Power plays in Annapolis

April 02, 2006|By C. FRASER SMITH

For a few moments last week, it appeared the Democrats had scored a bloodless coup.

The state Senate, soon to be followed by the House of Delegates, was taking control of Gov. Robert L. Ehrlich Jr.'s Public Service Commission.

The commission has presided over a plan that will, if allowed to stand, increase rates this summer by 72 percent.

Under the Senate bill, two members of the PSC would be appointed by the Senate president, two by the speaker of the House and one by the governor.

This was a frontal assault, a potential power outage. But the governor had a relatively mild reaction. Just political theater, he said. Just posturing.

Then came Wednesday. If the Democrats in the General Assembly were determined to plunder the gubernatorial realm, Gov. Robert L. Ehrlich Jr. would respond in kind. He would take control of 11 schools in the city of Mayor Martin O'Malley, apparent front-runner in the race to oppose him this fall.

The Democrats could save the ratepayers. Mr. Ehrlich would save the children.

Game on.

These two moves may be seen in time as the real opening of the 2006 race for governor. Partisans can argue that substance - concern for electricity consumers and concern for young people - drove these bold actions. There is no question that city schools need help. Few would question the need for easing the rate spike.

But school performance in Baltimore has been improving. More kids are doing well on the state's proficiency tests. Can the same be said for the PSC in its domain?

Republicans say the PSC takeover was a swipe at the governor. Surely it was. But it was more than that. It was a symbolic statement of the Assembly's need to act with drama commensurate with the threat to consumers.

Legislative leaders are rushing the bill to passage so it could be vetoed by the governor - a near-certainty - and overridden before the end of the session. If this happens, Democrats may have scored much more than a swipe. They will have forced the governor to veto a bill that accomplishes something many Marylanders may now applaud: removal of commissioners who seem too friendly with the utilities.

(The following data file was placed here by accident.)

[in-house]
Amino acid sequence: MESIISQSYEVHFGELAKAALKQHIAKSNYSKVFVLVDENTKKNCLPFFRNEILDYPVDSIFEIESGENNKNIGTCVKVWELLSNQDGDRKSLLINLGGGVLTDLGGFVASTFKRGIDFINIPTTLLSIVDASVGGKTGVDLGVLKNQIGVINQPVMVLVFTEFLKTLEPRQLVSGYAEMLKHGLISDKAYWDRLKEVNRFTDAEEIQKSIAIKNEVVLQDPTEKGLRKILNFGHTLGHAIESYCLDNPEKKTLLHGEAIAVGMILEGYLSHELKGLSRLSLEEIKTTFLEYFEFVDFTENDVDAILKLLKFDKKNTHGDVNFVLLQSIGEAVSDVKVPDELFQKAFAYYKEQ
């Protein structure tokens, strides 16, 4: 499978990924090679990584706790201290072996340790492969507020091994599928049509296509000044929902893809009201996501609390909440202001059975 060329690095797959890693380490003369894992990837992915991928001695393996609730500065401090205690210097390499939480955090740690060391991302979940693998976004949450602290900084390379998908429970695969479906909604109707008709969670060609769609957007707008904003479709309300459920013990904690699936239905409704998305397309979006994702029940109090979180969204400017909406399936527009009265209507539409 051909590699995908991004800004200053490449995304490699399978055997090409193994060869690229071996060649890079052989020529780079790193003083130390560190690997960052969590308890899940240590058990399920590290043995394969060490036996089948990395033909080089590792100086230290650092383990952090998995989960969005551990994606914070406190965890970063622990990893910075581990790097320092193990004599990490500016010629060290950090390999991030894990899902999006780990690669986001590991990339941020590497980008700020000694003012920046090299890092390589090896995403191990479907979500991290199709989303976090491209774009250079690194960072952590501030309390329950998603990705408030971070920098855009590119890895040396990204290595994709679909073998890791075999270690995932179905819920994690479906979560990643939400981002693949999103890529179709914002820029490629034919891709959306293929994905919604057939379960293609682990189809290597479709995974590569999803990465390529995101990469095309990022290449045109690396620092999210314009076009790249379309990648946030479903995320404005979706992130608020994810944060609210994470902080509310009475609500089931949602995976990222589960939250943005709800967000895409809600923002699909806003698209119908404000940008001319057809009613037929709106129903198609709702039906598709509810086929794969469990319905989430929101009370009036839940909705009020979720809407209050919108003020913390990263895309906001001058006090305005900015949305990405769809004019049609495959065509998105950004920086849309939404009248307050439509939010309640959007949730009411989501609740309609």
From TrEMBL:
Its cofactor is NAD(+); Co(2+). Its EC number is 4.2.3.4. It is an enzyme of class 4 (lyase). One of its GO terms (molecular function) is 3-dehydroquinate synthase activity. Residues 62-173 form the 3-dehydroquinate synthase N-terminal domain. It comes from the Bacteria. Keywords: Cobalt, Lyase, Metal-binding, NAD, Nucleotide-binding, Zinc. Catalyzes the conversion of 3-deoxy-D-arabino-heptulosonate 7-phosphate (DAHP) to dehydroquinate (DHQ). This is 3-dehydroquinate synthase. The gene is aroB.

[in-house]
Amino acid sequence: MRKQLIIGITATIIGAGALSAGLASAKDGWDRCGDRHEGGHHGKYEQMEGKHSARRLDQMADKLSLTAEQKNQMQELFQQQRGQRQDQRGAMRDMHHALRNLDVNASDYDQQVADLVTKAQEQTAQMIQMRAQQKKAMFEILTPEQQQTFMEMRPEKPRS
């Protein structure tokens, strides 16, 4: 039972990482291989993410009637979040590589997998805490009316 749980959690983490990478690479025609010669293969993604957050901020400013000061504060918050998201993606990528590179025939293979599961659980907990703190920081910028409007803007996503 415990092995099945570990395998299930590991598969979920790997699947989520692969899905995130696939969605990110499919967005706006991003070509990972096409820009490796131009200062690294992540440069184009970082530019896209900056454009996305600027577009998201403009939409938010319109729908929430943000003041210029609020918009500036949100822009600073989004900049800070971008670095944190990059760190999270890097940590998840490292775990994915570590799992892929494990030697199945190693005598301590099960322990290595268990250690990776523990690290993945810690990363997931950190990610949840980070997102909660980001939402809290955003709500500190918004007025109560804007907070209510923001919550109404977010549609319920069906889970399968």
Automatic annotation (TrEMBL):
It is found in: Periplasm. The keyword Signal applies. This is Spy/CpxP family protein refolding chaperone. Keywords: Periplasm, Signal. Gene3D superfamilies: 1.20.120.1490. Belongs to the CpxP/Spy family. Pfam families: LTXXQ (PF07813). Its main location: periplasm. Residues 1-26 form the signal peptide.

It may well be that the price increases were beyond the control of the utilities. But someone should have done something to prepare the Marylanders for the jolt. That failure itself created serious political damage, leaving the governor to explain why his administration had not been more proactive.

For leverage in the effort for financial relief, legislators have been threatening to stymie Constellation Energy Group's effort to merge with a Florida company. Fix this mess, the Assembly is saying, or we'll stop the merger. Constellation threatens legal action, but that is likely to help the legislators. Voters see them fighting like tigers against the big corporation.

For legislators, this is a race to the mailbox.

BGE has 1.2 million customers in Maryland. Some are already receiving bills that reflect phased-in increases in the cost of energy - and the results of the Assembly's decision to deregulate the energy industry. Predicted competition did not occur, and prices have gone higher - in an election year.

The dollars-and-cents message in the utility bills will be far more riveting to homeowners than the annoying campaign literature that will come flooding into mail slots. An incumbent's recitation of accomplishment may not stand up well against the big bills.

Senate President Thomas V. Mike Miller Jr. and House Speaker Michael E. Busch have been saying for three years that Mr. Ehrlich is not sufficiently engaged in the process of governing. This situation, in which major rate increases seemed to come from nowhere, can be used to underscore that point.

The governor said recently that no one should be surprised that he has worked to help business. Hadn't he been a pro-business candidate? At the same time, he says the rate increase will not stand. This issue tends to pin him between somewhat irreconcilable positions - pro-business and pro-consumer.

Does that explain the school takeover move?

C. Fraser Smith is senior news analyst for WYPR-FM. His column appears Sundays. His e-mail address is fsmith@wypr.org.

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